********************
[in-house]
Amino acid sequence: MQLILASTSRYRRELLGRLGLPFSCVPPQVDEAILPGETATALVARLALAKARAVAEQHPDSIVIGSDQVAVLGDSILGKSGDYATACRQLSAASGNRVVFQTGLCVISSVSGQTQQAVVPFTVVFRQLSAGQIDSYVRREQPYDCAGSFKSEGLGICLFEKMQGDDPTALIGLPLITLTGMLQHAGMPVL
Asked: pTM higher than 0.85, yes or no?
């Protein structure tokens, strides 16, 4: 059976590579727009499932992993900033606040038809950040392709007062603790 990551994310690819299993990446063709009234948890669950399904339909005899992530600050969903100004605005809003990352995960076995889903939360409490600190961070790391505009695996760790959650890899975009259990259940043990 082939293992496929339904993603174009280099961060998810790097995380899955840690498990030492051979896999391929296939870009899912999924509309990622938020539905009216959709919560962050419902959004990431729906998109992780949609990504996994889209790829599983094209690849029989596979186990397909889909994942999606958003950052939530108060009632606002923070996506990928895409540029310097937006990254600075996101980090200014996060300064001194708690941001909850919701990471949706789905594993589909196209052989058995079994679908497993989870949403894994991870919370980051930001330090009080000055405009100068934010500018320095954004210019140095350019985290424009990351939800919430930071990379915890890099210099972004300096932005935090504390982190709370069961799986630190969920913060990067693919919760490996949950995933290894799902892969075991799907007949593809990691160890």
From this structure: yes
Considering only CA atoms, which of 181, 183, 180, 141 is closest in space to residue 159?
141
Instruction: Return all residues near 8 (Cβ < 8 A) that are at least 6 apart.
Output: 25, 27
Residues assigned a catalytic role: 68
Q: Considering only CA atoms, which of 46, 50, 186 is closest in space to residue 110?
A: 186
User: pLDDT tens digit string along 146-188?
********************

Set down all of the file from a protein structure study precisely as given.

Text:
[in-house]
Amino acid sequence: MQLILASTSRYRRELLGRLGLPFSCVPPQVDEAILPGETATALVARLALAKARAVAEQHPDSIVIGSDQVAVLGDSILGKSGDYATACRQLSAASGNRVVFQTGLCVISSVSGQTQQAVVPFTVVFRQLSAGQIDSYVRREQPYDCAGSFKSEGLGICLFEKMQGDDPTALIGLPLITLTGMLQHAGMPVL
Asked: pTM higher than 0.85, yes or no?
């Protein structure tokens, strides 16, 4: 059976590579727009499932992993900033606040038809950040392709007062603790 990551994310690819299993990446063709009234948890669950399904339909005899992530600050969903100004605005809003990352995960076995889903939360409490600190961070790391505009695996760790959650890899975009259990259940043990 082939293992496929339904993603174009280099961060998810790097995380899955840690498990030492051979896999391929296939870009899912999924509309990622938020539905009216959709919560962050419902959004990431729906998109992780949609990504996994889209790829599983094209690849029989596979186990397909889909994942999606958003950052939530108060009632606002923070996506990928895409540029310097937006990254600075996101980090200014996060300064001194708690941001909850919701990471949706789905594993589909196209052989058995079994679908497993989870949403894994991870919370980051930001330090009080000055405009100068934010500018320095954004210019140095350019985290424009990351939800919430930071990379915890890099210099972004300096932005935090504390982190709370069961799986630190969920913060990067693919919760490996949950995933290894799902892969075991799907007949593809990691160890």
From this structure: yes
Considering only CA atoms, which of 181, 183, 180, 141 is closest in space to residue 159?
141
Instruction: Return all residues near 8 (Cβ < 8 A) that are at least 6 apart.
Output: 25, 27
Residues assigned a catalytic role: 68
Q: Considering only CA atoms, which of 46, 50, 186 is closest in space to residue 110?
A: 186
User: pLDDT tens digit string along 146-188?